On the file posted by Steve, I would be interested to at how V0-encoded files compare to the 320 (with varying q levels). Steve, can you easily ABX this? Or /mnt?


It is very easy... I clearly hear much lower background high-freq noise in V0:

LAME 3.98.3 -b 320 -q 0
vs
LAME 3.98.3 -V 0

Code: [Select]
foo_abx 1.3.4 report
foobar2000 v1.0.1
2010/03/22 13:43:05

File A: D:\Samples\Show_Me_Your_Spine__Sample_b320q0.mp3
File B: D:\Samples\Show_Me_Your_Spine__Sample_V0.mp3

13:43:05 : Test started.
13:43:27 : 01/01  50.0%
13:43:31 : 02/02  25.0%
13:43:35 : 03/03  12.5%
13:43:39 : 04/04  6.3%
13:43:44 : 05/05  3.1%
13:43:55 : 06/06  1.6%
13:44:02 : 07/07  0.8%
13:44:07 : 08/08  0.4%
13:44:12 : 09/09  0.2%
13:44:18 : 10/10  0.1%
13:44:23 : 11/11  0.0%
13:44:28 : 12/12  0.0%
13:44:32 : 13/13  0.0%
13:44:35 : 14/14  0.0%
13:44:40 : 15/15  0.0%
13:44:45 : 16/16  0.0%
13:44:46 : Test finished.

----------
Total: 16/16 (0.0%)


Also, it seems like pre-echo is slightly quieter with -b 320 -q 0 (but I'm not 100% sure)

I've got almost the same results for -b 320 -q 3 (default 320 CBR mode) and -b320 -q 2 . In comparing with -V 0 of course.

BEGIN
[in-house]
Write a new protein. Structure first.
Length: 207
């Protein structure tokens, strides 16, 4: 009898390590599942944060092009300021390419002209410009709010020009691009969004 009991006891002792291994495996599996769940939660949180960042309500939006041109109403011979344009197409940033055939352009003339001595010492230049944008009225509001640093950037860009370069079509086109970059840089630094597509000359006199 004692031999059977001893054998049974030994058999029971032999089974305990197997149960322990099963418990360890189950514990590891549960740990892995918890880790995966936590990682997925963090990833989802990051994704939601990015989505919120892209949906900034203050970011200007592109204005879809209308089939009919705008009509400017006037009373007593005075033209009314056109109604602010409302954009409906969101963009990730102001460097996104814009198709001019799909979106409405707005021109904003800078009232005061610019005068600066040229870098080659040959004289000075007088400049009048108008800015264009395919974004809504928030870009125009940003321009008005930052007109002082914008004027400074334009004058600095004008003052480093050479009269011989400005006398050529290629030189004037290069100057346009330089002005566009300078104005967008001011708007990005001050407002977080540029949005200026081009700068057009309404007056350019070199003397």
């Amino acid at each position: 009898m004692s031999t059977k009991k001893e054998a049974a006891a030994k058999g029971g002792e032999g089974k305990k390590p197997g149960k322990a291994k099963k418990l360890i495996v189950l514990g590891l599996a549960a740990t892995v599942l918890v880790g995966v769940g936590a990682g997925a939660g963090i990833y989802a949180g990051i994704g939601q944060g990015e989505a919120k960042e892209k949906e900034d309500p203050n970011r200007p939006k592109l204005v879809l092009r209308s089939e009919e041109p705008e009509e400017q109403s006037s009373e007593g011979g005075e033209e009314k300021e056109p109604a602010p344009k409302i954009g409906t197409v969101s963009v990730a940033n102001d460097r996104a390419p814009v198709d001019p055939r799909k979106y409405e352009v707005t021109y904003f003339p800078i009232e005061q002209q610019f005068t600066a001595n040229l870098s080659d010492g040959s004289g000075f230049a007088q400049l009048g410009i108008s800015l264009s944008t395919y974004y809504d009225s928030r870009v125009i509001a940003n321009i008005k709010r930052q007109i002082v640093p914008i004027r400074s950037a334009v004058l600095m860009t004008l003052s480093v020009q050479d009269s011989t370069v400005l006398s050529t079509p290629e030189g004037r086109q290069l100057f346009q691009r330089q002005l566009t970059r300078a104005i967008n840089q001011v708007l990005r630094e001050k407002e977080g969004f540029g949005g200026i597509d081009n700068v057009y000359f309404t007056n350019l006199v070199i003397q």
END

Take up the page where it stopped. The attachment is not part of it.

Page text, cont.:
halb27, see my previous posts. I was talking about restriction of minimal bitrate in VBR V0 mode.  I'm using 3.98.3 of course...

Sorry, I didn't read carefully enough.
As for your real question -b 320 together with -Vx isn't meaningful (except for the case you do need a constant bitrate but want to use VBR).

What seems to be a problem in understanding is that frame bitrate is mixed up conceptually with audio data bit rate - quite a common misunderstanding unfortunately.

-Vx -b 320 just means having Lame use frame bitrates of 320 kbps. It doesn't tell about the audio data contents within the 320 kbps frames.
I remember having tried this a couple of years ago, and after mp3repacking -V0 and -V0 -b xxx yielded more or less the same bitrate (maybe it was even exactly the same).
So both -Vx and -Vx -b320 provide (more or less or even exactly) the same audio data stream provided by the VBR mechanism, but with -b 320 added it's put into 320 kbps frames, leaving a lot of space unused.


thank you! Now it's all clear for me
  • Last Edit: 22 March, 2010, 08:04:25 AM by Steve Forte Rio

  • onkl
  • [*][*][*]
Lame Command Line
Reply #38
In light of this thread (Changing minimum bitrate for VBR), could you test "-V 0 -b 320" anyway? I'm curious if the increased bit-reservoir improves the artifacts in comparison to cbr and default vbr.

  • Sylph
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Lame Command Line
Reply #39
And the stereo switch will definitely cause worse results than when it's off?

Lame Command Line
Reply #40
-V 0 -b 320 vs -V 0

and

-V 0 vs -V 0 -m s

Do I understand correctly?

  • pdq
  • [*][*][*][*][*]
Lame Command Line
Reply #41
And the stereo switch will definitely cause worse results than when it's off?